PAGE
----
The introduction of proxy parliamentary voting would make politics a more inclusive and family friendly career choice and ensure our parliament is more representative, a Fine Gael TD has said.
Deputy Jennifer Carroll MacNeill’s Private Member’s Bill (PMB), the Thirty-Ninth Amendment of the Constitution (Remote Parliamentary Voting) Bill 2020, is at Second Stage in the Dáil today (Thursday). It provides for remote voting in the Houses of the Oireachtas in specified and limited circumstances in which members not physically present may vote.
Deputy Carroll MacNeill said, “My Bill seeks to provide for a proxy parliamentary voting system to formally allow various types of leave, including maternity, parental and adoptive leave. It will also future proof our parliament for emergency situations, so that we can ensure a smooth transition to remote voting should an emergency need ever arise again, such as during the pandemic where our legal advice was clear that remote voting was not constitutionally possible.
“This was a key recommendation of the Forum on a Family Friendly and Inclusive Parliament report last year, and in my view is a crucial step towards ensuring our parliament is more inclusive and representative of all facets of our society.
“I want to remove the barriers to electoral representation for a whole range of people who currently do not see politics as a viable career choice due to their family care responsibilities. We must ensure our Parliament is more diverse than is currently the case, to ensure all of society is represented.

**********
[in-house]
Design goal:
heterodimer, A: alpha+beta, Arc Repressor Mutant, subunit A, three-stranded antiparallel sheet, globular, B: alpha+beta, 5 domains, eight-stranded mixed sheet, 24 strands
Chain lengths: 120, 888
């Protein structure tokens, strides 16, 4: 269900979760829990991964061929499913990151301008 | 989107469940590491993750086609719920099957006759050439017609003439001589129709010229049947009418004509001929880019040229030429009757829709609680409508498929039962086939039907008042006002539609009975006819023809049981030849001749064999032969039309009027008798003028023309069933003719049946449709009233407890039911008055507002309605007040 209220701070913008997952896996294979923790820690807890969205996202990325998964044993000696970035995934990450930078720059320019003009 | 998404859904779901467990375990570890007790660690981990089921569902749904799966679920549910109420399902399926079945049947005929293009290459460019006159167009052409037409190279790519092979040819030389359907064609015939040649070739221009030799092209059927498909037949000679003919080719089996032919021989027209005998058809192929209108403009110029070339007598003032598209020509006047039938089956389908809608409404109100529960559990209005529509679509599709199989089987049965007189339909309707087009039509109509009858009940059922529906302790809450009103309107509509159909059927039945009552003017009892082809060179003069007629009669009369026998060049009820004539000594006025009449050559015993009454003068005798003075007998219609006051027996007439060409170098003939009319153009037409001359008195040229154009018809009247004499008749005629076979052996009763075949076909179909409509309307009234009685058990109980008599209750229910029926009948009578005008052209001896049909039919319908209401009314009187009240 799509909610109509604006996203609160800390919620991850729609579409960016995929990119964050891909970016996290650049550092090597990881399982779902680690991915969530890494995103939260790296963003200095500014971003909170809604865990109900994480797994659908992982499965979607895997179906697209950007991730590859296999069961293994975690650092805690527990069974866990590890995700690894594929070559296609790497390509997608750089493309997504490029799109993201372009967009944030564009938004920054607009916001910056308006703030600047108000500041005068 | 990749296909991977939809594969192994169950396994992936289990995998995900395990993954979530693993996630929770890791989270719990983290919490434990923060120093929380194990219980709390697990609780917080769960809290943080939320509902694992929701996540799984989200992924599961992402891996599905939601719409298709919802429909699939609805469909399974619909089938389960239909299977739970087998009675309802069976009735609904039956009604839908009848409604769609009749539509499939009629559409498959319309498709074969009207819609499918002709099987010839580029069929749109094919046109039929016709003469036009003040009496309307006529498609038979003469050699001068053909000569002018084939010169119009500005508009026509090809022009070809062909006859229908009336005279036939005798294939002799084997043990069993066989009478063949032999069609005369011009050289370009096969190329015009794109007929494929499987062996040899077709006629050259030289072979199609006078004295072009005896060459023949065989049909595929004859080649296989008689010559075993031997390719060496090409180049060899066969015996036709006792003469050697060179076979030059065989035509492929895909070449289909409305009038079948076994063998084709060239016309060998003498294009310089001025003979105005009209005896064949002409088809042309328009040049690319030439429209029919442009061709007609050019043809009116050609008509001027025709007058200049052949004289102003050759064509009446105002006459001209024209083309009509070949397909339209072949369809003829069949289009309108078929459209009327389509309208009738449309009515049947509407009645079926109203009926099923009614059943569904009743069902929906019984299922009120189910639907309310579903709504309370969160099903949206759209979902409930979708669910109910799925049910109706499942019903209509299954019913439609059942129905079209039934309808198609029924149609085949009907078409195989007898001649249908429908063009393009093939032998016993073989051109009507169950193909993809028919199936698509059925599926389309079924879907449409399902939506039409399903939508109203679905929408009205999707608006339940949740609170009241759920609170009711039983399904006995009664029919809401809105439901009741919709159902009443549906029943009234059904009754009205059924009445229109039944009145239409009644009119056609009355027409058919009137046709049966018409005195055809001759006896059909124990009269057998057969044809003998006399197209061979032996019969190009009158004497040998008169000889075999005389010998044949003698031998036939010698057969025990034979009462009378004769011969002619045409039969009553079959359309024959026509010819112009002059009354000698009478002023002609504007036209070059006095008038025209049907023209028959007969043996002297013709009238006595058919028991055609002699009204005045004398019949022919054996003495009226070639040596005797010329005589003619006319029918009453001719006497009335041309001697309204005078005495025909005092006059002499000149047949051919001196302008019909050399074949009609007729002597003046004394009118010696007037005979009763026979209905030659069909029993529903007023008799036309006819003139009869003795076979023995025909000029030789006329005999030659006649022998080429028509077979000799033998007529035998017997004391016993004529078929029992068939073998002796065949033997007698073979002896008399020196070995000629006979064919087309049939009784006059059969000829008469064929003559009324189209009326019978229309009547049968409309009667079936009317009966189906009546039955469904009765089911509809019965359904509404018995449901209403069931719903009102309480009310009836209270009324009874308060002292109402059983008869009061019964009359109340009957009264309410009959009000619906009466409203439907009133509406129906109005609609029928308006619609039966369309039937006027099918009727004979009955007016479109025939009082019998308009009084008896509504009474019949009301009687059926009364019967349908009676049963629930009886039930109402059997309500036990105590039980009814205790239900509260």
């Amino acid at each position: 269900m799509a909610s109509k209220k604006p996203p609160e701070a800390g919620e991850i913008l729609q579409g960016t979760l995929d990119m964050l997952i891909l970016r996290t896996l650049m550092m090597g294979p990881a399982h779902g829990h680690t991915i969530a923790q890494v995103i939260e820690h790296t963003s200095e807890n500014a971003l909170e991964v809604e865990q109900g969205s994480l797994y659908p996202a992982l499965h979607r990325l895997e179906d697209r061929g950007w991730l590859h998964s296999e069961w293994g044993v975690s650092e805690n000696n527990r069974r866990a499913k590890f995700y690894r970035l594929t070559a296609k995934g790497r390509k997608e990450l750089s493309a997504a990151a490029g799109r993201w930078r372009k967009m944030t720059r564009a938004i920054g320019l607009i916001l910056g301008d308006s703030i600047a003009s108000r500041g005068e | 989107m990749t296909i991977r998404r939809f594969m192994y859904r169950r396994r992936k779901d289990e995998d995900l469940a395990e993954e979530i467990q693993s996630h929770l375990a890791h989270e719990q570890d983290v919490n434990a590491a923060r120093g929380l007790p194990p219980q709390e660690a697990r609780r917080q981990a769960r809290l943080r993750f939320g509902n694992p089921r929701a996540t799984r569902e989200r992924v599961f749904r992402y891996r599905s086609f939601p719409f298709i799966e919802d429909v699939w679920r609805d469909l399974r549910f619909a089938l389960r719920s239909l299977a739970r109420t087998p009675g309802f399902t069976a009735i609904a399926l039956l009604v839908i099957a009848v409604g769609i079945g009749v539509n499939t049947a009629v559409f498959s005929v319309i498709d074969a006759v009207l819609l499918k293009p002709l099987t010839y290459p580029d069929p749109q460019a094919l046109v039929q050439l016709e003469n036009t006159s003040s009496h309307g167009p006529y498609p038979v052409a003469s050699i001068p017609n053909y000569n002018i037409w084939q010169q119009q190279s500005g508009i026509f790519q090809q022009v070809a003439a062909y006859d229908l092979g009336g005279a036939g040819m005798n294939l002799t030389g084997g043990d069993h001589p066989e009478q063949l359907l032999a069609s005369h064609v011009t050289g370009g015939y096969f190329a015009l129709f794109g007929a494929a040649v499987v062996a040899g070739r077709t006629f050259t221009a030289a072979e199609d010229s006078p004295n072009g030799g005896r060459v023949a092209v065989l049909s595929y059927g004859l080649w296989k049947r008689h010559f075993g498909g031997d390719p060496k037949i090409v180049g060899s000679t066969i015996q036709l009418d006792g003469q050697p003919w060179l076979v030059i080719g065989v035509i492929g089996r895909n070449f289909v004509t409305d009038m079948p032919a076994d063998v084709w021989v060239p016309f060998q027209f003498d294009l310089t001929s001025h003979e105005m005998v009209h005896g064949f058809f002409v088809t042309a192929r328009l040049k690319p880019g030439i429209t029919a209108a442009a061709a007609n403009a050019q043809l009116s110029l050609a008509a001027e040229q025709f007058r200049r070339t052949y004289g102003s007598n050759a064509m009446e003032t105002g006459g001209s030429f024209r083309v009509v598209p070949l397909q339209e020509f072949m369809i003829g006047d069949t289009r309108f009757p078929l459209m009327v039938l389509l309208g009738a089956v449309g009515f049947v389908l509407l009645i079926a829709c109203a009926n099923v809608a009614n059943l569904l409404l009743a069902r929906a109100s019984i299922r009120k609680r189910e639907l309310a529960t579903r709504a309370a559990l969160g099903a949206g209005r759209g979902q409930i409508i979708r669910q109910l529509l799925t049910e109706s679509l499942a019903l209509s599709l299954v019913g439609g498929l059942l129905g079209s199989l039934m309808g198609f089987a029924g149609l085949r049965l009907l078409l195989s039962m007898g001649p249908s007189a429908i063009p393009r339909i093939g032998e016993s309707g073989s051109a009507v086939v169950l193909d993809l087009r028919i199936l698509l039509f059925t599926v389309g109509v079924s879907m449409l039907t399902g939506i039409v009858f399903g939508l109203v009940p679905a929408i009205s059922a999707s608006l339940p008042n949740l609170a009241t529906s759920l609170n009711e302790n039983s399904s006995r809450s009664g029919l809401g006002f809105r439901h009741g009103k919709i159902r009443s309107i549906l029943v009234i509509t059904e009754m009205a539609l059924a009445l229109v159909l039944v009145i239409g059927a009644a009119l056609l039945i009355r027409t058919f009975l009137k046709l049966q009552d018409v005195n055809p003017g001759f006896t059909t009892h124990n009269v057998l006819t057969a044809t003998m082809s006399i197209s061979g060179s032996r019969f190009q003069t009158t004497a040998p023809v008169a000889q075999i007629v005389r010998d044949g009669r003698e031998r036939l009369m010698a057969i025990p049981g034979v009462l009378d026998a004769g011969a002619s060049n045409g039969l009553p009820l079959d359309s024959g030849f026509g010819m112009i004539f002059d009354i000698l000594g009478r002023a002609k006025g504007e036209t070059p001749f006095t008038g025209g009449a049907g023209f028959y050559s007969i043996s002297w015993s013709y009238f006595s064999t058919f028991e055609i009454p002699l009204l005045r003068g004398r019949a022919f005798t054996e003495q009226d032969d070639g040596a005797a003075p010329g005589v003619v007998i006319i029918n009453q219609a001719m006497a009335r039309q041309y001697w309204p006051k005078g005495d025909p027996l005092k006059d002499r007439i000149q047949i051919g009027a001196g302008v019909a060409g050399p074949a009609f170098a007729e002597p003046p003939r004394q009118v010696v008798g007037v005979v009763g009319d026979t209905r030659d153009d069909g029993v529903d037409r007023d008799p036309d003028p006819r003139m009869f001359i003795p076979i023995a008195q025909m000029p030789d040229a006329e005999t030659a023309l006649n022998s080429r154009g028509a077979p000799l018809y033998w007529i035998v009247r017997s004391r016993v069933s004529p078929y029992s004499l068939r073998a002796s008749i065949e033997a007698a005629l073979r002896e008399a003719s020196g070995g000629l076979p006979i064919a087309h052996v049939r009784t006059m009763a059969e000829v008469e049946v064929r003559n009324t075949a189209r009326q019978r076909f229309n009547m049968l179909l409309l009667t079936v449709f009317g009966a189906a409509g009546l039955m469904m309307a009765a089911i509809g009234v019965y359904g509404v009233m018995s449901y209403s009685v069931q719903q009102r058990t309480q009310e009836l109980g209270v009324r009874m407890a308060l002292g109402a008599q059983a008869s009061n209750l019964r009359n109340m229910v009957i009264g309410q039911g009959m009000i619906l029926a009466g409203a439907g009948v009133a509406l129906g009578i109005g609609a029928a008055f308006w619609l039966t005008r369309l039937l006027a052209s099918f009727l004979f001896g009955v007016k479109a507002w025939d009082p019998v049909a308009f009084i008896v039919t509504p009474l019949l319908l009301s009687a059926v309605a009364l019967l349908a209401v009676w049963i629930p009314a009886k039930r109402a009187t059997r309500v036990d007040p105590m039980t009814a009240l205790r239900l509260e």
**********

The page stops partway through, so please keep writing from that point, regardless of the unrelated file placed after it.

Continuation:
“Of course, childcare is not just a women’s issue and we shouldn’t think of it as such. However, the reality is that women do cite childcare and other family care responsibilities as a real barrier to entering politics. Our parliament, and the way in which it operates, is simply not family friendly, but this could be improved upon with provisions for leave in specified and limited circumstances.
“We have not yet resolved the issue of parental leave for parents of new-borns. Mandatory attendance to vote affects new parents, both women and men, and this needs to be resolved.
“Since the introduction of my Bill in December 2020, we have seen the first Cabinet Minister in the history of this State, Minister Helen McEntee, take maternity leave. Whilst this was facilitated, the arrangement was by no means a permanent solution, and only took account of her Ministerial duties and not her parliamentary duties.
“Proxy voting would also allow a member of parliament who falls ill and is immunocompromised to continue to fulfil their parliamentary duties.
“I look forward to working with colleagues across the political spectrum on my legislation in an effort to deliver a more inclusive and representative parliament that best serves the needs of all of society,” concluded Deputy Carroll MacNeill.